Today’s guest post is from fellow m-network member paidtwice over at I’ve paid for it twice already… where she blogs about her progress in snowflaking her way out of debt. If you like this post (which you will) why not subscribe to her feed.
One of the biggest ways I personally have found to be successful in managing my money is to know myself. And in knowing myself, know what types of things are motivating for me versus what types of things discourage me. What is one woman’s motivation is another woman’s downfall, after all. That’s why there can be so many different financial gurus giving their own personal spin on basically the same types of advice, and be a market and an audience for a good number of them.
A healthy dose of reality is essential for all of us, but if all that reality does is depress us and keep us from moving forward, there’s no reason to wallow in it. For some, a constant reminder of how far they have to go is motivating. For some, it is defeating. Know yourself and which you are, and be true to it. You’ll make much more progress that way.
My motivation comes in micro-goals, and it took me a while to figure that out. I know my overall picture, but I don’t spend a lot of time focusing on it. $30,000 in debt is a whole lot and the number is so large as to seem unreal to me. But breaking that number into smaller micro-goals works to keep me motivated and focused on the overall goal without setting me up for depression and anxiety. I focus on one debt at a time, and just think about reducing that total while paying the minimums elsewhere. That, of course, reduces the overall total as well, but until I got dangerously close to getting under that $30,000 mark, I really didn’t give that big number much thought. And once I am under it, I’ll stop thinking about the total again until it hovers near $20,000.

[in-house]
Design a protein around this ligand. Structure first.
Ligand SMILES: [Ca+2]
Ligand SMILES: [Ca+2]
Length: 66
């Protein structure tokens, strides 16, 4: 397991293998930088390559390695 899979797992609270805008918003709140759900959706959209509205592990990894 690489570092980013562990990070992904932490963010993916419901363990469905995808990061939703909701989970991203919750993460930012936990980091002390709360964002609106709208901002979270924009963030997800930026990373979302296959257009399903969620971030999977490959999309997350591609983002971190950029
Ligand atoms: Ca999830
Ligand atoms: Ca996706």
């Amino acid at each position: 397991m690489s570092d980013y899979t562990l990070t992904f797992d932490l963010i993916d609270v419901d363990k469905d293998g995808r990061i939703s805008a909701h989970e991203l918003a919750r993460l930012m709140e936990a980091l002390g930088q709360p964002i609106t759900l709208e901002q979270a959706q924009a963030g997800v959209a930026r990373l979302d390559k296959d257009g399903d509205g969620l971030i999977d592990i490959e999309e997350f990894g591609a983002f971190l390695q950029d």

I also work at making small changes. Those small changes add up to a big difference, but I simply focus on the small changes. I don’t try to figure out ways to apply an extra $1000 to debt. Or even an extra $100. I find ways over and over again to apply an extra $10 here, and extra $20 there, and over the course of a month that adds up to more than I ever imagined.
Small things motivate me. Large things overwhelm me. I’ve learned to not ignore the big picture, but to not completely focus on it and focus on the small things I feel I can accomplish, and let the big picture take care of itself.
Similar Posts:subscribe to my feed, or check out some of my best posts.